Cutting across all of this though is inequality and in the same way Covid has highlighted longer term trends, it has also exacerbated and brought into sharp relief the deep inequalities in the city. Significant numbers of people have not been able to access even the most basic of technologies and adaptations most of us have taken for granted in this period – many have suffered greatly and been left further behind as a result.
Whatever happens, we must all work to ensure that all of our citizens can share in the growth of the creative and tech sector in daily life and in employment and skills opportunities. No one organisation can do that alone and the sector can play its part here as well, through innovation and new ways of engaging people, especially young people.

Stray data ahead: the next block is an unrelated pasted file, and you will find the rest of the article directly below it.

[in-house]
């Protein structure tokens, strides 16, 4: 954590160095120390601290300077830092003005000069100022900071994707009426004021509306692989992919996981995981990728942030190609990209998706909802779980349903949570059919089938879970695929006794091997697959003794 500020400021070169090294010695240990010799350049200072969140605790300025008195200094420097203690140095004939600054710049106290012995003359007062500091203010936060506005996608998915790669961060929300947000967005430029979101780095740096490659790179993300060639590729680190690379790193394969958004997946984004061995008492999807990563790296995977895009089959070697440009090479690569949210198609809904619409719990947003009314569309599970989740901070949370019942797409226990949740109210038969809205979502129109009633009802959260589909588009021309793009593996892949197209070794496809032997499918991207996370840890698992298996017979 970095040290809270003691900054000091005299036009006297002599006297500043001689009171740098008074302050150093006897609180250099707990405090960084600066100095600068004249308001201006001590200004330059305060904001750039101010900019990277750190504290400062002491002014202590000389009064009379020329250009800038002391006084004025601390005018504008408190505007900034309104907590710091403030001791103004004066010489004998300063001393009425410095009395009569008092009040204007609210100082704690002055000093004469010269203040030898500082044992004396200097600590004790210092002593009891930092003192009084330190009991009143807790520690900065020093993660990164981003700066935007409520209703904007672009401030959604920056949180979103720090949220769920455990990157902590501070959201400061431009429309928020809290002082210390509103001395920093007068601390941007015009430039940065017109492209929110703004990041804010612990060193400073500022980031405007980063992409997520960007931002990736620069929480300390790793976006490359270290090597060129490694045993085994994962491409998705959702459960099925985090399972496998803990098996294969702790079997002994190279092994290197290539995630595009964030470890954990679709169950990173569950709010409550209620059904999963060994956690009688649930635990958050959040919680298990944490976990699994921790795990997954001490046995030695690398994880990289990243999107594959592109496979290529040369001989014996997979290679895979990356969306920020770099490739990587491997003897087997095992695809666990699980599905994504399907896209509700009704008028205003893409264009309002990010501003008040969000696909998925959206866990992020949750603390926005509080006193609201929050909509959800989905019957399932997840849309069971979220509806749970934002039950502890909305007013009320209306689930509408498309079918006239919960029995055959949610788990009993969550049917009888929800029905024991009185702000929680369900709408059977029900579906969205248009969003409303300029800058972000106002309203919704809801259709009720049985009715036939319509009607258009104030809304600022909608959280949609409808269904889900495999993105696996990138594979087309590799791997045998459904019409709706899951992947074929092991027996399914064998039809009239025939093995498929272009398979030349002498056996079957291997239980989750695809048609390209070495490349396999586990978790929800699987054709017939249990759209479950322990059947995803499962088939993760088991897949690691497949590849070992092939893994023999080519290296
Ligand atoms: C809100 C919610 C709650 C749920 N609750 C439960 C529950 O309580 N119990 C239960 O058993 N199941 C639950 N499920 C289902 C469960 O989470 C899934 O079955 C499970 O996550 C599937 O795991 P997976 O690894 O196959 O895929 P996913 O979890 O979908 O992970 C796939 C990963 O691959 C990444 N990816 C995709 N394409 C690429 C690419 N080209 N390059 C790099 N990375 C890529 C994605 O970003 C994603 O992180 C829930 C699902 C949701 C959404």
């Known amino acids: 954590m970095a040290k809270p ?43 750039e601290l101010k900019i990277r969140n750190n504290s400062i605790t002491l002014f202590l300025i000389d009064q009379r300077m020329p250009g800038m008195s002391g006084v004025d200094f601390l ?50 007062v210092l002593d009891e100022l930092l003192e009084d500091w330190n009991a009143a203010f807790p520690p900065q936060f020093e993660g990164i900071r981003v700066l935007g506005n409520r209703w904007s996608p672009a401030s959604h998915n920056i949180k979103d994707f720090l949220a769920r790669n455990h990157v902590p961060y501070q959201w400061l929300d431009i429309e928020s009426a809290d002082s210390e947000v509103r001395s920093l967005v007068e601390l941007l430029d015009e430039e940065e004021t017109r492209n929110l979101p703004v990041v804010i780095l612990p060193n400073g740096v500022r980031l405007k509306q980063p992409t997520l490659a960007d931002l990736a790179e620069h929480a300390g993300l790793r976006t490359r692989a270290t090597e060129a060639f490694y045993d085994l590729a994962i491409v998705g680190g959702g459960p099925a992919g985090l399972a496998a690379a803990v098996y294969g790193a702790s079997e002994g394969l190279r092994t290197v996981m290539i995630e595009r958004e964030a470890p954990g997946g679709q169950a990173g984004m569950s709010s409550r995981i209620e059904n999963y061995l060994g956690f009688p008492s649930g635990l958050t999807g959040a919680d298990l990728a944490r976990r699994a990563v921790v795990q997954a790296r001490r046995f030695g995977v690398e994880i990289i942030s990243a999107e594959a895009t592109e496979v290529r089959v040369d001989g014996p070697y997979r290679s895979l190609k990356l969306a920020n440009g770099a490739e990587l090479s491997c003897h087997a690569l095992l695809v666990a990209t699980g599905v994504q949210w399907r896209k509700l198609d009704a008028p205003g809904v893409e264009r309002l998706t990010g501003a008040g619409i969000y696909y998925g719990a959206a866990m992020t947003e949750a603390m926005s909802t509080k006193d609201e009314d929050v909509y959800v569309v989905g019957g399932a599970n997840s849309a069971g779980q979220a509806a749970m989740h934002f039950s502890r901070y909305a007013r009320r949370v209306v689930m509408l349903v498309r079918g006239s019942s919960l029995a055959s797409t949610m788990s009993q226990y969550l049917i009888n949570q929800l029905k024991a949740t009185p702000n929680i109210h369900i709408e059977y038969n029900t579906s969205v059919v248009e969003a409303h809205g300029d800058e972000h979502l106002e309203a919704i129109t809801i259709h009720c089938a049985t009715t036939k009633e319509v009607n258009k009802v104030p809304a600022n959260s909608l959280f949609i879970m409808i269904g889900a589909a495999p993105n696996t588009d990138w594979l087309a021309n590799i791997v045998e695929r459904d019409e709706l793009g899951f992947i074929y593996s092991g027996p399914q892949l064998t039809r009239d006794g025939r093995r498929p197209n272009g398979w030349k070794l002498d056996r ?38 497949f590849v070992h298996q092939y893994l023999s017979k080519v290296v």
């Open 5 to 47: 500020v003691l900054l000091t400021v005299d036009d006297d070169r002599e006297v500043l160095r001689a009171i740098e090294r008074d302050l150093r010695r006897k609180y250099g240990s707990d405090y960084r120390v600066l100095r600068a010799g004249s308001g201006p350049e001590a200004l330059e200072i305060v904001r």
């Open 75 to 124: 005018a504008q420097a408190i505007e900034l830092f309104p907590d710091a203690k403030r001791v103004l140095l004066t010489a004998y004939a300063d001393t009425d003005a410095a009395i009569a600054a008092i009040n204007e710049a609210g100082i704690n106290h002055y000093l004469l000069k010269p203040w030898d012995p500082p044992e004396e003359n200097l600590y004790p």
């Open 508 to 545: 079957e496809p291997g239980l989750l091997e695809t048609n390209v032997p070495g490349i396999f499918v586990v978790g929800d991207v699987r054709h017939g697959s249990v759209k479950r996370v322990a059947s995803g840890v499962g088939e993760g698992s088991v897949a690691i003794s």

There are different ways to contribute to the Festival this year, like hosting a virtual event or submitting a product, service or solution to the Showcase. Why would you encourage local businesses, creatives and makers to get involved?
I think it’s a great opportunity to share knowledge, put a spotlight on our achievements and discuss relevant issues. There aren’t many times in the year, certainly not in the past year, that you can step back from the day job, lift your gaze and take stock of what’s going on around you and outside of your personal or organisational bubble. We all need and benefit from this; it inspires, makes new connections and focuses minds, that’s reason enough for me.
Posted by Sheffield Digital Festival on 20.04.2021